Factory hospital (1) Eich



The metallurgical plant of the company Metz & Co in Eich had a hospital ward, which was soon no longer sufficient. 1871/72, a spacious house was built on the Alzette - on the slag heaps, which had been heaped up here: the Hospital St. Joseph (picture, middle part), which was put into operation in 1873.


With the supervision of the women's association of the parish Weimerskirch was entrusted, who let run the house of sisters


- 1873 by sisters of Christian doctrine


- from 1874 of Borromäerinnen.


On 15.3.1891 Mrs. Albertine TESCH widow of Norbert Metz bought the hospital - in the hope to be able to continue the house as a foundation and under the name "Fondation Metz" and thus to prepare her deceased husband a posthumous present. According to the statutes, the house should always have 10 beds at the disposal of the sick and wounded workers of the company Metz & Co.


As of October 1, 1892, the Norbert Metz Foundation belonged to the Grand Ducal State, which had the clinic enlarged several times:
- In 1877, the right side wing was added and here the sewing school was housed. Through this extension, rooms for an operating room and 4 additional hospital rooms were obtained on the first floor of the old building.


- In 1882 the middle wing leading to the Alzette was listed. At the same time, the left side wing was attached, which gave the house a more harmonious appearance.


- In 1888 the hospital chapel was built and consecrated in September 1889.


- In 1960, a three-storey extension with 72 beds was completed, with an architectural feature: a roof terrace. On 16.7.1960 the church consecration took place.


- On 4.6.1983 a renovated part of the clinic was inaugurated. The modernization and enlargement work had taken about 6 years.


First aid (1), aerial forces

Luftschutz Verbandkasten 2


The Luxembourg air defense had already prepared the population for the coming war.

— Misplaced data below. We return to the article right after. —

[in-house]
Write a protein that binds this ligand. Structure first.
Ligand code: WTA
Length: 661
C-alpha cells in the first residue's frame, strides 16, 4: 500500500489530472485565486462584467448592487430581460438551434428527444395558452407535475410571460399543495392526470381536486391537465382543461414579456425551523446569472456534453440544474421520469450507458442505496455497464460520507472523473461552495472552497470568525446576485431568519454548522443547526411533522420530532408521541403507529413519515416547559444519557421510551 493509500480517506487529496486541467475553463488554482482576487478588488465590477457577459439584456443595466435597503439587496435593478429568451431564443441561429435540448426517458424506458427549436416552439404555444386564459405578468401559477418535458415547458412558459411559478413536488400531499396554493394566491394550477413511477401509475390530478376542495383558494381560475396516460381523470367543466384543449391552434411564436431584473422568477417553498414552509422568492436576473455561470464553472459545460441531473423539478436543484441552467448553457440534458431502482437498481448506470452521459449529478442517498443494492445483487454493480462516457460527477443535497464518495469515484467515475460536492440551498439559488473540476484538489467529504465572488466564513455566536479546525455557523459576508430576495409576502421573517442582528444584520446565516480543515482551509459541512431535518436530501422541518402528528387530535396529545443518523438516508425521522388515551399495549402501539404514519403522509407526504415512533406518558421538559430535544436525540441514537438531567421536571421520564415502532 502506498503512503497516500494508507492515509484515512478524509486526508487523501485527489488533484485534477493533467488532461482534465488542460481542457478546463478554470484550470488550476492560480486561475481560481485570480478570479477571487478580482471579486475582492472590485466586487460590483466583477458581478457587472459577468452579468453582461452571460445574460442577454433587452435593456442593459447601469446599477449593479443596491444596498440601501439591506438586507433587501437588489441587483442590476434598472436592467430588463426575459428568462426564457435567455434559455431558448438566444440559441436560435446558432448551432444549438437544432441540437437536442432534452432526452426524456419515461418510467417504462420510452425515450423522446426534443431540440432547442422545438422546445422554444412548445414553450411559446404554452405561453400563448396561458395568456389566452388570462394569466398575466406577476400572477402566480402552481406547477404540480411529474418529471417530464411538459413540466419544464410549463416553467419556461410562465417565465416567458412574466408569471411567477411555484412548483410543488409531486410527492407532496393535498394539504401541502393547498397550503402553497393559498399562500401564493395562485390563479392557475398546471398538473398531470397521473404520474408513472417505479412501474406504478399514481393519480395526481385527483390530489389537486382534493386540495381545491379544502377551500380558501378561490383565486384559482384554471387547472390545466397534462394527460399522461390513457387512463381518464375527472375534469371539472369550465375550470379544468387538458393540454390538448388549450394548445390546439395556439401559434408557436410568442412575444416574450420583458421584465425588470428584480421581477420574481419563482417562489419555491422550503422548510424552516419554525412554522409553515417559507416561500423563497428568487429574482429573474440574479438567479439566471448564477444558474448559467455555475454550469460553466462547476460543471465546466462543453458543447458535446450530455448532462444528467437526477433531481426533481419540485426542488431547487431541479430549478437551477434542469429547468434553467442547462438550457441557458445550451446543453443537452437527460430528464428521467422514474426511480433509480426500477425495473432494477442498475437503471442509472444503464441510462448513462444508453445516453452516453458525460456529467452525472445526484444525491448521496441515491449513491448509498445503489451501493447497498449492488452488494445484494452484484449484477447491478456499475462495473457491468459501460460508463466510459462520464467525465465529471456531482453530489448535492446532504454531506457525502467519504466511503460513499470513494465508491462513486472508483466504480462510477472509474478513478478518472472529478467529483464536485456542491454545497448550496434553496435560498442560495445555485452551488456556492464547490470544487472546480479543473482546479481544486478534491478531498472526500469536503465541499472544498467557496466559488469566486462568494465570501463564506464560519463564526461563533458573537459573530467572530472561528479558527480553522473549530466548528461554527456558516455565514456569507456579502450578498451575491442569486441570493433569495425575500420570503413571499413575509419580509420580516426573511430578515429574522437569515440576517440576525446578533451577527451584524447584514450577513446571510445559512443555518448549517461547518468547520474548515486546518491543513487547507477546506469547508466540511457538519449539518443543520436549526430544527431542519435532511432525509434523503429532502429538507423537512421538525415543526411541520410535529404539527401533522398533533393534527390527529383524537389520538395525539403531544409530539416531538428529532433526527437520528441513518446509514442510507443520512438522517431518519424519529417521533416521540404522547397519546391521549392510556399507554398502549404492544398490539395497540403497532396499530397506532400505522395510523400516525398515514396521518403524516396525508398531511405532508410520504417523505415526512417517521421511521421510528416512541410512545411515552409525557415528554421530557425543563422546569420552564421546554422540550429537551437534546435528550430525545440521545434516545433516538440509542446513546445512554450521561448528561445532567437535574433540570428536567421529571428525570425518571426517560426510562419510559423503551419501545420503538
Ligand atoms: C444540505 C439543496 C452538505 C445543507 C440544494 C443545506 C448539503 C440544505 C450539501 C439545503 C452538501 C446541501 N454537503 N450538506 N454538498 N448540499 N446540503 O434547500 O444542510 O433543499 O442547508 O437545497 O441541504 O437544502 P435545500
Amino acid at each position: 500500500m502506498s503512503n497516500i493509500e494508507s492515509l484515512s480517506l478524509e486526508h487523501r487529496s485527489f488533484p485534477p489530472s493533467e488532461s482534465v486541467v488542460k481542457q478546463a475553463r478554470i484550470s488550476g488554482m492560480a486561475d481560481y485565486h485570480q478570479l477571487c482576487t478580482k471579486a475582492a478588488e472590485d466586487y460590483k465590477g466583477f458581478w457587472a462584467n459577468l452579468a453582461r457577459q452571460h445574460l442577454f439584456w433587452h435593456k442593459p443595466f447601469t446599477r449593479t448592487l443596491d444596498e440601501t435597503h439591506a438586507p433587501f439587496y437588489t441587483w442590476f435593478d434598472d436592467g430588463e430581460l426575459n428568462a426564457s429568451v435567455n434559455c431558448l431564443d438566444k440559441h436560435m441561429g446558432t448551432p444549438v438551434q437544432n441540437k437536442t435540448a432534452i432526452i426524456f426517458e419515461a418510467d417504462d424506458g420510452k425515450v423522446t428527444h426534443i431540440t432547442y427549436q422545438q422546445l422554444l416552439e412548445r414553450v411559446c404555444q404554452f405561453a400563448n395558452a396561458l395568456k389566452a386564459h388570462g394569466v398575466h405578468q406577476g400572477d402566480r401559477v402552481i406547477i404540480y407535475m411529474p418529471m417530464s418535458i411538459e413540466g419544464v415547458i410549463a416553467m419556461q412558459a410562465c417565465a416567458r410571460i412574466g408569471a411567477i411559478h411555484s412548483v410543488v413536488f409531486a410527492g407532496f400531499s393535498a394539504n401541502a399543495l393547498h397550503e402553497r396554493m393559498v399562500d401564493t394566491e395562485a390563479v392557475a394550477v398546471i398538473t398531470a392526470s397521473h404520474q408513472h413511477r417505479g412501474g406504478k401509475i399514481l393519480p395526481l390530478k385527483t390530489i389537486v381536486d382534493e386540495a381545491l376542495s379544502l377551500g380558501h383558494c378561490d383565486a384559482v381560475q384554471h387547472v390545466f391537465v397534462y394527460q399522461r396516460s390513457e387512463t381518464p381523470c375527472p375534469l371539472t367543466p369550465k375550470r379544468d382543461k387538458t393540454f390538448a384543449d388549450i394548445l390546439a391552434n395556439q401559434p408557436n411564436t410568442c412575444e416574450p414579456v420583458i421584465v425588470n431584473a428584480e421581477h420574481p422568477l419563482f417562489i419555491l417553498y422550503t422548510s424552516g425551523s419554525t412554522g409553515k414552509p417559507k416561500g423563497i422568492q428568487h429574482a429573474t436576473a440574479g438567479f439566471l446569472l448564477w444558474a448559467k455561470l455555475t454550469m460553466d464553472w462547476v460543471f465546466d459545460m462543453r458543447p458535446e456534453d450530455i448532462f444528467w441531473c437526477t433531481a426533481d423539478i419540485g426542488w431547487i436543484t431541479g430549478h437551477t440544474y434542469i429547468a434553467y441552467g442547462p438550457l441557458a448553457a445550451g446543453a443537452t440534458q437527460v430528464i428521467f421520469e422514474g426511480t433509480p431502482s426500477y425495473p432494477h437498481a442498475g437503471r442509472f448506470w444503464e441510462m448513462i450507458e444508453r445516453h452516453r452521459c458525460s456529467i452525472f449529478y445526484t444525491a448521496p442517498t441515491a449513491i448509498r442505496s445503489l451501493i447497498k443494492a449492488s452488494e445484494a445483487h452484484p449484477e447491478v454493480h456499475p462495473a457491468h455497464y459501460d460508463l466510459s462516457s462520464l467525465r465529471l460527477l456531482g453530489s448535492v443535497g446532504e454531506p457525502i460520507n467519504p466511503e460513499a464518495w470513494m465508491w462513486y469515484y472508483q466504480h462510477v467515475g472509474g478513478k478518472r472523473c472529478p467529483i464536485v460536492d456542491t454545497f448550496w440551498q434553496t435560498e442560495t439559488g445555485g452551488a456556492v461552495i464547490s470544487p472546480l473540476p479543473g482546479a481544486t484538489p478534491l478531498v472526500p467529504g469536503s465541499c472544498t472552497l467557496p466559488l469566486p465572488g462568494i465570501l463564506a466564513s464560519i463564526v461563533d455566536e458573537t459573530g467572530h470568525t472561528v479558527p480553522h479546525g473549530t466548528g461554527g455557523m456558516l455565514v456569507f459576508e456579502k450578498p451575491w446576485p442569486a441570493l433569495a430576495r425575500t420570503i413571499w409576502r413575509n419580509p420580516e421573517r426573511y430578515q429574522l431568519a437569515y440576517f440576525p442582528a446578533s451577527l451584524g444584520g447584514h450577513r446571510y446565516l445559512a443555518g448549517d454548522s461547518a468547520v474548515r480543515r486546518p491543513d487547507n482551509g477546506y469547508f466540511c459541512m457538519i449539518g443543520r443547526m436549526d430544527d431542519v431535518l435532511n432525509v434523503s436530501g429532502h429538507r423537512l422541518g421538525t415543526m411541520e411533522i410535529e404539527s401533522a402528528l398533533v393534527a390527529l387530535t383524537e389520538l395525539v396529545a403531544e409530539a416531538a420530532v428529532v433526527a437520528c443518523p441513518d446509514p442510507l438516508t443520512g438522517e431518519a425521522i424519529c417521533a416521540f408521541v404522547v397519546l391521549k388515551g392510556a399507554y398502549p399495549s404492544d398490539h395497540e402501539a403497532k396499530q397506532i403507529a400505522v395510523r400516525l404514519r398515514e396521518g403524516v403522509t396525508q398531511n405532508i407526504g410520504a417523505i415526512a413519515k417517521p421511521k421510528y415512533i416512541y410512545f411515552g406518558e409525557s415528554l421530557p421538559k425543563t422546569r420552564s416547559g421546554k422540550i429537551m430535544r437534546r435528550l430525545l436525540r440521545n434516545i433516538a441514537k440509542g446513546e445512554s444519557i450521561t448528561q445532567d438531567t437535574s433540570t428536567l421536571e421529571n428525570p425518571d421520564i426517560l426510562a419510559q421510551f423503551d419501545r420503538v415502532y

The air-raid shelters of the Reichsluftschutzbund (RLB), founded in 1933, were to prepare the civilian population in the National Socialist state by practicing protective measures for the aerial war. Since 1935, the population was required by law to participate in the training events of the RLB. The standard equipment for air raid shelters included, among other things, a first-aid kit produced by various manufacturers in accordance with the requirements of the RLB.


In May 1940 Hitler Germany occupied the Grand Duchy of Luxembourg. As the likelihood of Allied air raids on Luxembourg widened, people were advised to help themselves:

All residents who have ordered a first aid kit from the local organization of the German Red Cross can now pick up this first aid kit from the pharmacy in Aulner, where the order has been placed every household and replaces the medicine chest completely.It is indispensable for the first aid in bad luck and especially for the provision of air-raid protection "(Escher Tageblatt, 6.2.1942).



Metal case 35 x 19 x 10.5 cm with one-sided handle. In the lid extensive list of contents and the corresponding application; stamped "1943". In particular, the box contained dressing and ointment material in the event of an attack with phosphorus incendiary bombs.


not to be confused with the "small LS medicine chest"




First aid (2)




Military first aid box from 1941, marked (W for Wehrmacht, L for Luftwaffe) and the number 56867.


Kettensaege 1
Kettensaege 2
Kettensaege 3


Gigli saw, done by JEFFRAY